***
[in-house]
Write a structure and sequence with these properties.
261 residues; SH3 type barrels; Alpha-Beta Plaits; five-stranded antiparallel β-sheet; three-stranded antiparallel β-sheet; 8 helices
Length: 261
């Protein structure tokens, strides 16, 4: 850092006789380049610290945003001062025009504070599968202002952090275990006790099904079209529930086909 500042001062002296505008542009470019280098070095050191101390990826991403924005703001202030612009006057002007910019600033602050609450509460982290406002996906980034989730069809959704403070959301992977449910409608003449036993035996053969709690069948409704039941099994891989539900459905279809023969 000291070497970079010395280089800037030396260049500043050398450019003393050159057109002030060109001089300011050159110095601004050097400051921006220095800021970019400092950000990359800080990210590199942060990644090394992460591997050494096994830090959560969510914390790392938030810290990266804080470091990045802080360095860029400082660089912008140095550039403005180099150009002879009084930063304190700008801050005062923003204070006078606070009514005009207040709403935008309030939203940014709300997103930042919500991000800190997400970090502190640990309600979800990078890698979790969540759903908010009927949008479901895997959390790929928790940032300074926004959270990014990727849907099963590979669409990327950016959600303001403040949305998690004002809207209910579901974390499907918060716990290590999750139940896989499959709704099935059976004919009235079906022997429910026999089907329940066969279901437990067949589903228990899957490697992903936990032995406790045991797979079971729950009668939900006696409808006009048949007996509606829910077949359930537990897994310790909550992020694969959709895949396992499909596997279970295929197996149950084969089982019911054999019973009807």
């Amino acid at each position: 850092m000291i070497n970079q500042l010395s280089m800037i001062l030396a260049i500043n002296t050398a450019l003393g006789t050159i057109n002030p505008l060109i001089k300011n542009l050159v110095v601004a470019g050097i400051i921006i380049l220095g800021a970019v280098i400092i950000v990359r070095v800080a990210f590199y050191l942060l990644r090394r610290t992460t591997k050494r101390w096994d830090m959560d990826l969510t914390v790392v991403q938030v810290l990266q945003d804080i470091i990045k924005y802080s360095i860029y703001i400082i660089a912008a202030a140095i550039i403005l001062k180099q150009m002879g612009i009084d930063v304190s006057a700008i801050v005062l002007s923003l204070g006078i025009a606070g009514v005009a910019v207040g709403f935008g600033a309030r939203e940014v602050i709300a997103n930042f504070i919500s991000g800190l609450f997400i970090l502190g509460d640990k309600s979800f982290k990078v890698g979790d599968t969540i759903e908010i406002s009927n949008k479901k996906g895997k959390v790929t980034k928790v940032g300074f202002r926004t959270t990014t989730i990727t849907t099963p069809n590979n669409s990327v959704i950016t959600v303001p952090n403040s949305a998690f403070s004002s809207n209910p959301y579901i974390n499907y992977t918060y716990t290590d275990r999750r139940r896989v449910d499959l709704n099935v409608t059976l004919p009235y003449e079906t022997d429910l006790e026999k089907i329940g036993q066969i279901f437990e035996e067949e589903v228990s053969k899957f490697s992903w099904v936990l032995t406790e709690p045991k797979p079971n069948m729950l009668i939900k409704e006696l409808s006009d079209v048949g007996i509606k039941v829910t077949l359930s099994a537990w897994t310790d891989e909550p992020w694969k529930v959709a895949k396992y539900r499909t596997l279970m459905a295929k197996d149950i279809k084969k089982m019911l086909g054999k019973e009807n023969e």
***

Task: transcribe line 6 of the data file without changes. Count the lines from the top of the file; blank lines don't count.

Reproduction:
């Amino acid at each position: 850092m000291i070497n970079q500042l010395s280089m800037i001062l030396a260049i500043n002296t050398a450019l003393g006789t050159i057109n002030p505008l060109i001089k300011n542009l050159v110095v601004a470019g050097i400051i921006i380049l220095g800021a970019v280098i400092i950000v990359r070095v800080a990210f590199y050191l942060l990644r090394r610290t992460t591997k050494r101390w096994d830090m959560d990826l969510t914390v790392v991403q938030v810290l990266q945003d804080i470091i990045k924005y802080s360095i860029y703001i400082i660089a912008a202030a140095i550039i403005l001062k180099q150009m002879g612009i009084d930063v304190s006057a700008i801050v005062l002007s923003l204070g006078i025009a606070g009514v005009a910019v207040g709403f935008g600033a309030r939203e940014v602050i709300a997103n930042f504070i919500s991000g800190l609450f997400i970090l502190g509460d640990k309600s979800f982290k990078v890698g979790d599968t969540i759903e908010i406002s009927n949008k479901k996906g895997k959390v790929t980034k928790v940032g300074f202002r926004t959270t990014t989730i990727t849907t099963p069809n590979n669409s990327v959704i950016t959600v303001p952090n403040s949305a998690f403070s004002s809207n209910p959301y579901i974390n499907y992977t918060y716990t290590d275990r999750r139940r896989v449910d499959l709704n099935v409608t059976l004919p009235y003449e079906t022997d429910l006790e026999k089907i329940g036993q066969i279901f437990e035996e067949e589903v228990s053969k899957f490697s992903w099904v936990l032995t406790e709690p045991k797979p079971n069948m729950l009668i939900k409704e006696l409808s006009d079209v048949g007996i509606k039941v829910t077949l359930s099994a537990w897994t310790d891989e909550p992020w694969k529930v959709a895949k396992y539900r499909t596997l279970m459905a295929k197996d149950i279809k084969k089982m019911l086909g054999k019973e009807n023969e």